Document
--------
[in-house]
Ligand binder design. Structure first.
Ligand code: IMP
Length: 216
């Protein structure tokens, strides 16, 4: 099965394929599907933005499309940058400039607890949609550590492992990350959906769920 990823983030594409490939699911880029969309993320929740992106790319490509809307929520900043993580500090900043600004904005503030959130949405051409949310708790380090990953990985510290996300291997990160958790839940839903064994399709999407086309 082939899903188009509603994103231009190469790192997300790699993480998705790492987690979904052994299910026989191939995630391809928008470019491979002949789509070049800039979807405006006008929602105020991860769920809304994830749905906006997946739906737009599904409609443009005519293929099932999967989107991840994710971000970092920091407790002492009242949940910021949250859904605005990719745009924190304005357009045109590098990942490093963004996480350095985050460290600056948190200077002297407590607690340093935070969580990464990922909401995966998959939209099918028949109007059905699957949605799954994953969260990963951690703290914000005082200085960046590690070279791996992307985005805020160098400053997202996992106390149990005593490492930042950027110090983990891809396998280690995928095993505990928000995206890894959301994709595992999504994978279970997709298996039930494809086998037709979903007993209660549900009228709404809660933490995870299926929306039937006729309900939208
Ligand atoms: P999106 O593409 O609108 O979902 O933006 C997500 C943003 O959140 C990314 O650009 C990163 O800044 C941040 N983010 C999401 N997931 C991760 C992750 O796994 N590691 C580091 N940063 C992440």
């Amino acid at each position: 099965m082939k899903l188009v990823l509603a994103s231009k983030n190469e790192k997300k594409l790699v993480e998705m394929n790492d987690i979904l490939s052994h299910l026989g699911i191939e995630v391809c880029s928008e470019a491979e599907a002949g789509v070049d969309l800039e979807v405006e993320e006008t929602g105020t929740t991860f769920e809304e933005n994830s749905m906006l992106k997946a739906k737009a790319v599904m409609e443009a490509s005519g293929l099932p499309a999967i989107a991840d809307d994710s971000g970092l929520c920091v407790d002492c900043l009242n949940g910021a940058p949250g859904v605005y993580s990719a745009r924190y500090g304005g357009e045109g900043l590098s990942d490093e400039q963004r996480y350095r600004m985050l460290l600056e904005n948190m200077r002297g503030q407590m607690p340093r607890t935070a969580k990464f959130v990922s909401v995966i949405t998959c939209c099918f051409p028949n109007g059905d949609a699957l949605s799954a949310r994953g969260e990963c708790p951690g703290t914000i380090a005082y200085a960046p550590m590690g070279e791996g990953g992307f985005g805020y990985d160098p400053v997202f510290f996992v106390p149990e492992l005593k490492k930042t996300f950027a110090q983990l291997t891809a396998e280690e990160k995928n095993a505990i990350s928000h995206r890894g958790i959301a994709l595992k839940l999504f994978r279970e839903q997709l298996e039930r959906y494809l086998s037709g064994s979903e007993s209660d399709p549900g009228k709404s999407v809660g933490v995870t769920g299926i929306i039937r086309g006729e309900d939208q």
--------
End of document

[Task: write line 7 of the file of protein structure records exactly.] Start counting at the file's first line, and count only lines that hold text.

């Amino acid at each position: 099965m082939k899903l188009v990823l509603a994103s231009k983030n190469e790192k997300k594409l790699v993480e998705m394929n790492d987690i979904l490939s052994h299910l026989g699911i191939e995630v391809c880029s928008e470019a491979e599907a002949g789509v070049d969309l800039e979807v405006e993320e006008t929602g105020t929740t991860f769920e809304e933005n994830s749905m906006l992106k997946a739906k737009a790319v599904m409609e443009a490509s005519g293929l099932p499309a999967i989107a991840d809307d994710s971000g970092l929520c920091v407790d002492c900043l009242n949940g910021a940058p949250g859904v605005y993580s990719a745009r924190y500090g304005g357009e045109g900043l590098s990942d490093e400039q963004r996480y350095r600004m985050l460290l600056e904005n948190m200077r002297g503030q407590m607690p340093r607890t935070a969580k990464f959130v990922s909401v995966i949405t998959c939209c099918f051409p028949n109007g059905d949609a699957l949605s799954a949310r994953g969260e990963c708790p951690g703290t914000i380090a005082y200085a960046p550590m590690g070279e791996g990953g992307f985005g805020y990985d160098p400053v997202f510290f996992v106390p149990e492992l005593k490492k930042t996300f950027a110090q983990l291997t891809a396998e280690e990160k995928n095993a505990i990350s928000h995206r890894g958790i959301a994709l595992k839940l999504f994978r279970e839903q997709l298996e039930r959906y494809l086998s037709g064994s979903e007993s209660d399709p549900g009228k709404s999407v809660g933490v995870t769920g299926i929306i039937r086309g006729e309900d939208q």